Stove Pad Gives Back Heat

wkpoor Posted By wkpoor, Dec 24, 2012 at 1:59 PM

  1. wkpoor

    wkpoor
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    Finally got the upstairs stove installed and operational. Lots to say about that but not in this thread. What I would like to comment on I don't think I've read about before. And that is how much heat retention the tile holds long after the stove is out. 1st off I didn't expect the tile to get so hot. I have measured it at 300 degrees. I let the stove go out yesterday because the house was getting too hot (25 degrees out). It took over 10hrs for the stove to get down to around 150. The tile however was hotter than that and stayed very warm for at least another 4hrs.
    So it turns out the hearth pad will absorb heat and give it back hrs after the stove is cool. Anyone else notice this.
     
  2. begreen

    begreen
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    !!! 300F on the stove hearth tiles? :eek: That is really hot! Is that normal for an Elm?

    Where are you measuring this temp and how well insulated is this hearth?
     
  3. pen

    pen
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    Exactly my thoughts BG. No matter how hard I've run my 30, I can't get the area under the stove above about 120, and that thing requires a ton of hearth protection!

    This sounds similar to what I found with that atlanta huntsman stove I installed at camp. The book didn't specify much for a hearthpad, but dang does it get hot under there.

    What's under that WK? Hoping since it's the downstairs stove you are going to say concrete.

    pen
     
  4. rideau

    rideau
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    Yes, I'd be really worried about the floor under the hearth. That's awfully hot...as hot as the stovetop often is, and I sure wouldn't want that on my floor, just from a safety standpoint. The tiles in my hearth pad never get uncomfortable to the touch, even directly in front of the glass.
     
  5. BrotherBart

    BrotherBart
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    He has an Elm in the basement and this is probably another Elm for the first floor. Given the barrel shape of those stoves there is probably a ton of heat radiated from the belly of the beast.
     
  6. WhitePine

    WhitePine
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    A material that soaks up and stores heat like that is said to have a high thermal mass. Our passive solar home has literally tons of high thermal mass materials, notably concrete, tile, and natural stone. A high thermal mass moderates the temperature fluctuations of an intermittent heating source such as the sun and makes the home extremely comfortable to live in, giving off a nice soft heat long after the primary heat source is out.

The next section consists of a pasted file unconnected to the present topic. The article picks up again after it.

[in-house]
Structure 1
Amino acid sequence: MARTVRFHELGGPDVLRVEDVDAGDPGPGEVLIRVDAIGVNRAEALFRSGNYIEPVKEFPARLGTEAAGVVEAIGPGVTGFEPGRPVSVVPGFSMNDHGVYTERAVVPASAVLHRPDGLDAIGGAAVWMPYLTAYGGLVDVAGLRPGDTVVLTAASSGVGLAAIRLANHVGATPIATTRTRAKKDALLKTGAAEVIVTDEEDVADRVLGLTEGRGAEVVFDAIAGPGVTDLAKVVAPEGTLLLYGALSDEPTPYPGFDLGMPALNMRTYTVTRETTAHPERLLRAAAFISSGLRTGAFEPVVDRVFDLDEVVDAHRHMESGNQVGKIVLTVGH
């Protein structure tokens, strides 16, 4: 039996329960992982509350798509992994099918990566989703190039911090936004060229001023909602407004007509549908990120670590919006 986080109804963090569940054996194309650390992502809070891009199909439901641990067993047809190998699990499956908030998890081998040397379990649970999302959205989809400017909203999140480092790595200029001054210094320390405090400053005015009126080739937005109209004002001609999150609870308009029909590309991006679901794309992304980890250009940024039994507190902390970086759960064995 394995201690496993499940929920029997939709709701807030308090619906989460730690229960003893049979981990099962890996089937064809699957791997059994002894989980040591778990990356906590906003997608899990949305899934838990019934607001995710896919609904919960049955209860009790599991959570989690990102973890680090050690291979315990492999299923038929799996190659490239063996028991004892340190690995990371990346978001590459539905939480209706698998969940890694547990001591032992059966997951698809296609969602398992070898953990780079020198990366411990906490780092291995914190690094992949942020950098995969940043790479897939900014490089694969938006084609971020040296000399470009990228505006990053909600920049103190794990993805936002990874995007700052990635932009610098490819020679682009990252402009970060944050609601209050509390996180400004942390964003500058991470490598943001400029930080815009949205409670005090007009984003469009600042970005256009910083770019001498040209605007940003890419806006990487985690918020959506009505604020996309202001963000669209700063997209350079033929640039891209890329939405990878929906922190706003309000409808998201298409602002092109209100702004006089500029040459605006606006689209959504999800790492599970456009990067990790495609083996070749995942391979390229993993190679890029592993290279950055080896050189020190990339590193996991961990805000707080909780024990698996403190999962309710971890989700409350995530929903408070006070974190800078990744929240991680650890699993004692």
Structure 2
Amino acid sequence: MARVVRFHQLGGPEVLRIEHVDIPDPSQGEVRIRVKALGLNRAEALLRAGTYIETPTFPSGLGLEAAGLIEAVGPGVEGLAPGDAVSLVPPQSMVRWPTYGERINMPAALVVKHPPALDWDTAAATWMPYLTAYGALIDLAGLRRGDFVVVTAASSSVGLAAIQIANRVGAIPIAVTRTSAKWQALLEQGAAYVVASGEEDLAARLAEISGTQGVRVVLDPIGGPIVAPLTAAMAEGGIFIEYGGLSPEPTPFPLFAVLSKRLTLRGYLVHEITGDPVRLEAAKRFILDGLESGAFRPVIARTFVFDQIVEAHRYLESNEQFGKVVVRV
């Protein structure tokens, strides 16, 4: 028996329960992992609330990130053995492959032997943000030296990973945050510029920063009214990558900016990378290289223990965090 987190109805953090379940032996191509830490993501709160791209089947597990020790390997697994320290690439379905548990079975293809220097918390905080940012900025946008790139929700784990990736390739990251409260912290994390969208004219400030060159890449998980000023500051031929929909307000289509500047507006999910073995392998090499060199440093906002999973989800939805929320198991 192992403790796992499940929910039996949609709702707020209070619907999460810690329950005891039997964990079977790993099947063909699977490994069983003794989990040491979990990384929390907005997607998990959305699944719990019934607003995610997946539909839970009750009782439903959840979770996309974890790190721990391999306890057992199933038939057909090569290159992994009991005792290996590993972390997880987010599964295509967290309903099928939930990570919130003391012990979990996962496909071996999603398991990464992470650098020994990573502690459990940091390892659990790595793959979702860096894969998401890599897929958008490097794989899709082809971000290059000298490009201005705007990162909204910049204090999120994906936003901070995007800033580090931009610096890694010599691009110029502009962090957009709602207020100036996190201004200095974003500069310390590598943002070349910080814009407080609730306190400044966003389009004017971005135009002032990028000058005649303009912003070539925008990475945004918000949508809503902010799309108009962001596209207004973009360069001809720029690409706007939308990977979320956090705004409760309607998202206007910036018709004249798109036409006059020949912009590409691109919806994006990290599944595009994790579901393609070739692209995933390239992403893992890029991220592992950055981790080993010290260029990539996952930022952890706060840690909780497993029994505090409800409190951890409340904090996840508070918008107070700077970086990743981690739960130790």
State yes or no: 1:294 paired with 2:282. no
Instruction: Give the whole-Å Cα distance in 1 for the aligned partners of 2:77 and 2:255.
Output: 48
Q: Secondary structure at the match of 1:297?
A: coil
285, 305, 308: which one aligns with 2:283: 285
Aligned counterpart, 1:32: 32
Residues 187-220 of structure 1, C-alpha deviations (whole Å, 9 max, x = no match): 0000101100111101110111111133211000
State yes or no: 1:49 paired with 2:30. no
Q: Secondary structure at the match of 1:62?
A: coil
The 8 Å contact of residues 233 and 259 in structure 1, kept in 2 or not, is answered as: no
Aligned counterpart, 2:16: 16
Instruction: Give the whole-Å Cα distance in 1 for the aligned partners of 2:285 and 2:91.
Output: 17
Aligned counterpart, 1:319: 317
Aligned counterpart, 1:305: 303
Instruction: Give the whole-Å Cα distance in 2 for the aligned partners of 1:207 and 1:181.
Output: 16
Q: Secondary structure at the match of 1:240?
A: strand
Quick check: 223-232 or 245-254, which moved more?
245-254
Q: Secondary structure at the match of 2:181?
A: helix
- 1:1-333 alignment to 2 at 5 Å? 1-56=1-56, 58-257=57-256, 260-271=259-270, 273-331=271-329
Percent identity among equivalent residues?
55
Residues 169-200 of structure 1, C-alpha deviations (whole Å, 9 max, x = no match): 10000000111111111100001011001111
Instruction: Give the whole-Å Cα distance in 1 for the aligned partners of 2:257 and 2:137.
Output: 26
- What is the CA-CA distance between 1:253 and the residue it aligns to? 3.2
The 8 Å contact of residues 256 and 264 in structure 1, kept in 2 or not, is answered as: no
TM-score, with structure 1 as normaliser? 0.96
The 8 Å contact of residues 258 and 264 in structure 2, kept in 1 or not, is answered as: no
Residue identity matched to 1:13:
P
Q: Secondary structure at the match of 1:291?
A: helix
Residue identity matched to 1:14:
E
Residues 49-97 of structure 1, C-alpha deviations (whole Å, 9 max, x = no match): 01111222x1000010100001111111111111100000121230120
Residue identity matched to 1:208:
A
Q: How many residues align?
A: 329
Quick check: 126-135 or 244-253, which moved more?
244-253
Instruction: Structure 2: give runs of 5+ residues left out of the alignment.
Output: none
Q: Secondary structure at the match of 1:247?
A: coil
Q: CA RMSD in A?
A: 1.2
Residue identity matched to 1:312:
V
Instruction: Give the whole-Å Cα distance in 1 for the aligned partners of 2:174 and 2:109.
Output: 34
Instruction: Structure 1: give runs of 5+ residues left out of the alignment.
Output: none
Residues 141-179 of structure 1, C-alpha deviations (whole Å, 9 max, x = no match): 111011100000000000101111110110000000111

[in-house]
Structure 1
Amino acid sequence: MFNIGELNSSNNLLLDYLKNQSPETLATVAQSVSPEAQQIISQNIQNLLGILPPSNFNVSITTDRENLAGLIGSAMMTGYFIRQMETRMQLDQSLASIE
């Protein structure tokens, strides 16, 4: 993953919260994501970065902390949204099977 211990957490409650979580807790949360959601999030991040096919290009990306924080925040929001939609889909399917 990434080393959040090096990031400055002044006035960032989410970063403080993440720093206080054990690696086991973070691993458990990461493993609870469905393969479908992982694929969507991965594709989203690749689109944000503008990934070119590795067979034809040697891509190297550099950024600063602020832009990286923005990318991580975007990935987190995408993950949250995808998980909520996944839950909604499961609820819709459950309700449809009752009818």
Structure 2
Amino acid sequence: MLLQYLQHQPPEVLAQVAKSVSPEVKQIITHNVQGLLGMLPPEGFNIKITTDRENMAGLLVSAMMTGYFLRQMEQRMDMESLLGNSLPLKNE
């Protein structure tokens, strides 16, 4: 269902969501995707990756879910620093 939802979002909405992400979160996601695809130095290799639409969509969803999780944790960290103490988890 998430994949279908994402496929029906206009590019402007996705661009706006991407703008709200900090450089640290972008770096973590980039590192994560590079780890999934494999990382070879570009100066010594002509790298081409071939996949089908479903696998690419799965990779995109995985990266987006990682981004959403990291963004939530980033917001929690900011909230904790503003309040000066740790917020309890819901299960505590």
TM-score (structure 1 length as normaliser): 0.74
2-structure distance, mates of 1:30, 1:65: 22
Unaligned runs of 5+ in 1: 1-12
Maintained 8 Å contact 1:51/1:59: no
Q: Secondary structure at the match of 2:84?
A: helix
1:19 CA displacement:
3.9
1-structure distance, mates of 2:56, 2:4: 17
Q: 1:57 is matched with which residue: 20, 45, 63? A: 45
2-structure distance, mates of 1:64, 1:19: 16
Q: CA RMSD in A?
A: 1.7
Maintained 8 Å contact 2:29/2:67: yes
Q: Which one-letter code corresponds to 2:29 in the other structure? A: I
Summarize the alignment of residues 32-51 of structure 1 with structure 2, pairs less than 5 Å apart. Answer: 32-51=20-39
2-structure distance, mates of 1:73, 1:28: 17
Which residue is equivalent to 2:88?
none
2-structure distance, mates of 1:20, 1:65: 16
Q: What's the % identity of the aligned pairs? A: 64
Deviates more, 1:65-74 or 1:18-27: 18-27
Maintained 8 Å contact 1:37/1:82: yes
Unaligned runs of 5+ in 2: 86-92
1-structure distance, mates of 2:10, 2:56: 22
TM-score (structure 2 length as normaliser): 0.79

That said, you have a problem as others have noted. Today is cloudy so we have been burning. The wood stove is on the way down from its last burn. The top is currently at 300F and the stone it sits on is only 100F. The stone never gets much hotter than that, nor should it. 300F tiles sound like an extreme hazard to me. Are they something that an individual or pet could inadvertently touch or step on? That kind of temperature would do a number on bare skin or bare paw.

    I also think you may possibly be risking structural damage beneath the pad. Do you have a way to measure the actual floor temperature when the tile is 300F?
     
  7. wkpoor

    wkpoor
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    Its a type 2 pad. Box says 1.58 R factor. The bottom of the Elm is 6" from the pad. The pad is protecting hardwood flooring. Yes it will burn your feet if you try to stand on the pad. I'm going to check floor temps in basement on the next firing. I'm sure I'll be installing a bottom heat shield next week.
     
  8. begreen

    begreen
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    Good plan. You'll want to cut those hearth temps in half at least.
     
  9. HotCoals

    HotCoals
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    I ran down and checked mine..100f in front on the brick.
    From behind I shot the ir up to the bottom of stove..150f..but still 100f at bottom.
    300 would freak me out!
    550 stove top right now but no flames in box.
     
  10. BrowningBAR

    BrowningBAR
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    Holy crap, man! That is truly disturbing.
    I can safely say; hell no. Not even remotely close.

    I've had the Vigilant past 800 degrees, the Defiant north of 750, the 30 north of 750. Non have bottom heat shields. And I have never had the hearth or hearth pad north of 180 degrees.
     

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